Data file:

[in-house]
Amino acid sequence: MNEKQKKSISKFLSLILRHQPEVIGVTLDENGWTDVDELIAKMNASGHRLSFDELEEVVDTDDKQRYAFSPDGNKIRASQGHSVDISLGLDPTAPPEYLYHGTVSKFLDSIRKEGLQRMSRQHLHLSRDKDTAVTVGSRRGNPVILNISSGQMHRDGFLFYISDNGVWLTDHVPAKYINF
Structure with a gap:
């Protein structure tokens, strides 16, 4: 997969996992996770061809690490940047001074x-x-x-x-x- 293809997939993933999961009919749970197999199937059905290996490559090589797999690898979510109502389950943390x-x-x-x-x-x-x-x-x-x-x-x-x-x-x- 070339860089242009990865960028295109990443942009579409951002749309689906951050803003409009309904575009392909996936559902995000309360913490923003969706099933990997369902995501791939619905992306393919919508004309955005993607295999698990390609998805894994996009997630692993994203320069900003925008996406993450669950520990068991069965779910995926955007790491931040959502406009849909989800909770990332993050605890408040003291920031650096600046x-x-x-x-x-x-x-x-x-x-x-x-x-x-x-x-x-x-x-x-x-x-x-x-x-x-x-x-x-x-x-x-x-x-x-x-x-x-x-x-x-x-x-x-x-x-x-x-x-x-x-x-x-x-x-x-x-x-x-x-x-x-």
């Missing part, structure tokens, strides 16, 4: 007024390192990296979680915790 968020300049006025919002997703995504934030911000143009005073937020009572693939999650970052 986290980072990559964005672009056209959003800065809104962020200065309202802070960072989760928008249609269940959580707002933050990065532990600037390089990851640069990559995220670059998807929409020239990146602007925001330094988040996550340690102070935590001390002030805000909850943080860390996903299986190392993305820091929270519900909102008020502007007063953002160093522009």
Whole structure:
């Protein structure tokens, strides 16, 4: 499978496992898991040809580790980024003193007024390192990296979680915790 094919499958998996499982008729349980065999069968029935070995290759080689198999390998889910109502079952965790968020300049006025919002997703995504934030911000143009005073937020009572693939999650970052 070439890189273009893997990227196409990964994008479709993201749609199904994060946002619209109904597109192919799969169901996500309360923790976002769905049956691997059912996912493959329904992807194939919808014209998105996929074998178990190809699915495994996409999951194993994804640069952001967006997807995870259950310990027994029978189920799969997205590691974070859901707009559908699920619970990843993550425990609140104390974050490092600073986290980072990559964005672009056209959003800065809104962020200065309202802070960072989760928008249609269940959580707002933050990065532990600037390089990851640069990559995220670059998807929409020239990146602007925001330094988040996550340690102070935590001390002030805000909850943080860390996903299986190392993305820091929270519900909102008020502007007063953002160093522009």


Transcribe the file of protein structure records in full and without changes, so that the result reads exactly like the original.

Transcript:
[in-house]
Amino acid sequence: MNEKQKKSISKFLSLILRHQPEVIGVTLDENGWTDVDELIAKMNASGHRLSFDELEEVVDTDDKQRYAFSPDGNKIRASQGHSVDISLGLDPTAPPEYLYHGTVSKFLDSIRKEGLQRMSRQHLHLSRDKDTAVTVGSRRGNPVILNISSGQMHRDGFLFYISDNGVWLTDHVPAKYINF
Structure with a gap:
């Protein structure tokens, strides 16, 4: 997969996992996770061809690490940047001074x-x-x-x-x- 293809997939993933999961009919749970197999199937059905290996490559090589797999690898979510109502389950943390x-x-x-x-x-x-x-x-x-x-x-x-x-x-x- 070339860089242009990865960028295109990443942009579409951002749309689906951050803003409009309904575009392909996936559902995000309360913490923003969706099933990997369902995501791939619905992306393919919508004309955005993607295999698990390609998805894994996009997630692993994203320069900003925008996406993450669950520990068991069965779910995926955007790491931040959502406009849909989800909770990332993050605890408040003291920031650096600046x-x-x-x-x-x-x-x-x-x-x-x-x-x-x-x-x-x-x-x-x-x-x-x-x-x-x-x-x-x-x-x-x-x-x-x-x-x-x-x-x-x-x-x-x-x-x-x-x-x-x-x-x-x-x-x-x-x-x-x-x-x-």
């Missing part, structure tokens, strides 16, 4: 007024390192990296979680915790 968020300049006025919002997703995504934030911000143009005073937020009572693939999650970052 986290980072990559964005672009056209959003800065809104962020200065309202802070960072989760928008249609269940959580707002933050990065532990600037390089990851640069990559995220670059998807929409020239990146602007925001330094988040996550340690102070935590001390002030805000909850943080860390996903299986190392993305820091929270519900909102008020502007007063953002160093522009």
Whole structure:
């Protein structure tokens, strides 16, 4: 499978496992898991040809580790980024003193007024390192990296979680915790 094919499958998996499982008729349980065999069968029935070995290759080689198999390998889910109502079952965790968020300049006025919002997703995504934030911000143009005073937020009572693939999650970052 070439890189273009893997990227196409990964994008479709993201749609199904994060946002619209109904597109192919799969169901996500309360923790976002769905049956691997059912996912493959329904992807194939919808014209998105996929074998178990190809699915495994996409999951194993994804640069952001967006997807995870259950310990027994029978189920799969997205590691974070859901707009559908699920619970990843993550425990609140104390974050490092600073986290980072990559964005672009056209959003800065809104962020200065309202802070960072989760928008249609269940959580707002933050990065532990600037390089990851640069990559995220670059998807929409020239990146602007925001330094988040996550340690102070935590001390002030805000909850943080860390996903299986190392993305820091929270519900909102008020502007007063953002160093522009």